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Sex differences in intensity of care and outcomes after acute ischemic stroke across the age continuum

Yu AYX, Austin PC, Rashid M, Fang J, Porter J, Vyas MV, Smith E, Joundi RA, Edwards J, Reeves M, Kapral MK. Neurology. 2022; Sep 30 [Epub ahead of print]. DOI:

Background and Objectives — Sex differences in stroke care and outcomes have been previously reported, but it is not known if these associations vary across the age continuum. We evaluated whether the magnitude of female-male differences in care and outcomes varied with age.

Methods — In a population-based cohort study, we identified patients hospitalized with ischemic stroke between 2012 and 2019 and followed through 2020 in Ontario, Canada using administrative data. We evaluated sex differences in receiving intensive care unit services, mechanical ventilation, gastrostomy tube insertion, comprehensive stroke centre care, stroke unit care, thrombolysis, and endovascular thrombectomy using logistic regression and reported odds ratios (OR) and 95% confidence intervals (CI). We used Cox proportional hazard models and reported the hazard ratios (HR) and 95% CI of death within 90 or 365 days. Models were adjusted for covariates and included an interaction between age and sex. We used restricted cubic splines to model the relationship between age and care and outcomes. Where the p-value for interaction was statistically significant (p<0.05), we reported age-specific OR or HR.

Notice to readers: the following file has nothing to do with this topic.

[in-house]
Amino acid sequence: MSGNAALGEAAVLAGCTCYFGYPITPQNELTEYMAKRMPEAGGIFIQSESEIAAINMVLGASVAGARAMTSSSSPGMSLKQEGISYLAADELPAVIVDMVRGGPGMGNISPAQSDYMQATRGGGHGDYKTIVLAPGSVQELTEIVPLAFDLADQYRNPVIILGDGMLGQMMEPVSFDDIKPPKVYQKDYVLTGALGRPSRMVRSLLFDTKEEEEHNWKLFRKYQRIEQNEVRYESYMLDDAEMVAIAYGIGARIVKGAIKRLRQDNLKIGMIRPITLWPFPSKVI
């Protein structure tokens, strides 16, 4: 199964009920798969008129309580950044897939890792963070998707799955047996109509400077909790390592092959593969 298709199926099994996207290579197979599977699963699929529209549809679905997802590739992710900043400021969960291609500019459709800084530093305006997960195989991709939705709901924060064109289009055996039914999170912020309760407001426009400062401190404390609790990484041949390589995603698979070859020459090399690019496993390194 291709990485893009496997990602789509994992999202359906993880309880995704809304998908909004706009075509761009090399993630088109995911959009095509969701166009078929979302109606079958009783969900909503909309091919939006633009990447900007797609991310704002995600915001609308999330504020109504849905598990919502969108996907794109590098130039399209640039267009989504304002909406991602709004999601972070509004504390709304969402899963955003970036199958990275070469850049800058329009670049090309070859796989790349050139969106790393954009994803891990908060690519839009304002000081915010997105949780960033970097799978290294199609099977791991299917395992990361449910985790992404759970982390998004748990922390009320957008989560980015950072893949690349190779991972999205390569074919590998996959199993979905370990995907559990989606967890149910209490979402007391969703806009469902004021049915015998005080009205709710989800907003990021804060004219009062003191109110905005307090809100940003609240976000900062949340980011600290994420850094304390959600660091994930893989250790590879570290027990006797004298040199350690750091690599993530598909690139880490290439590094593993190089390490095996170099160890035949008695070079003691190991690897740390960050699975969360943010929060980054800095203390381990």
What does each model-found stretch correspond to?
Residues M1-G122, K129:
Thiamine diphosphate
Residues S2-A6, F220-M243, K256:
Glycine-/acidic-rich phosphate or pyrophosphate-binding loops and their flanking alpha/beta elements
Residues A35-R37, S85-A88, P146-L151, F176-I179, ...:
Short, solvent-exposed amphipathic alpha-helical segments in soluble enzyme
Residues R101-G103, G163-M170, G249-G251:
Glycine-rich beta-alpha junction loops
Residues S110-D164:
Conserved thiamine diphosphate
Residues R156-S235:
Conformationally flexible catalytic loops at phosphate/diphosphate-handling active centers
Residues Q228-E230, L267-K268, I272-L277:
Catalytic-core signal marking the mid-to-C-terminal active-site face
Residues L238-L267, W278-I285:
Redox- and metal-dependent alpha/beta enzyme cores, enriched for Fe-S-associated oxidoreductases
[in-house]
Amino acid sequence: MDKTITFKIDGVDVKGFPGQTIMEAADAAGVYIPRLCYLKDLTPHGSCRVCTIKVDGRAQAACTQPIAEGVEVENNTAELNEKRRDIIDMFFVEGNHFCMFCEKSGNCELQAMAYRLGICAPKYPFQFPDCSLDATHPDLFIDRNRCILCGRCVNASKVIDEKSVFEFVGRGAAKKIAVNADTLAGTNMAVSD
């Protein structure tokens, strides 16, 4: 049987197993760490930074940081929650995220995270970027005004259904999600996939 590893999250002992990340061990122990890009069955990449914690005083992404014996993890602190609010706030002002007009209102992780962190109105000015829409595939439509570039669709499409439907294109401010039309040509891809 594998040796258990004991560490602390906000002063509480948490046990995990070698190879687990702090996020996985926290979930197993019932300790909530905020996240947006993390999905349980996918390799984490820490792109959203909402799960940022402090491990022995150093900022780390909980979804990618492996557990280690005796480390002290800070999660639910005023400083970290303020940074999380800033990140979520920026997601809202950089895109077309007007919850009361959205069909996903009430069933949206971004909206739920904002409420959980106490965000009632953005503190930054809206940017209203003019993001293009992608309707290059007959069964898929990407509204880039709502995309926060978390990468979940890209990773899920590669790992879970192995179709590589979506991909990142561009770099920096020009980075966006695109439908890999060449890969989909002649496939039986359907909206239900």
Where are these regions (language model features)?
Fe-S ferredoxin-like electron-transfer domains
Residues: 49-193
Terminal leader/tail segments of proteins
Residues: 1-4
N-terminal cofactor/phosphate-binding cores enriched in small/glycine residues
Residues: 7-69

Results — Among 67,442 patients with ischemic stroke, 45.9% were females and the median age was 74 years [64, 83]. Care was similar between both sexes, except female patients had higher odds of receiving endovascular thrombectomy (OR 1.35, 95% CI [1.19, 1.54] comparing female to male), and these associations were not modified by age. There was no overall sex difference in hazard of death (HR 95% CI 0.99 [0.95, 1.04] for death within 90 days; 0.99 [0.96, 1.03] for death within 365 days), but these associations were modified by age with the hazard of death being higher in female than male patients between the ages of 50-70 years (most extreme difference around age 57, HR 95% CI 1.25 [1.10, 1.40] at 90 days, p-interaction 0.002; 1.15 [1.10, 1.20] at 365 days, p-interaction 0.002).

Discussion — The hazard of death after stroke was higher in female than male patients aged 50 to 70 years. Examining overall sex differences in outcomes without accounting for the effect modification by age may miss important findings in specific age groups.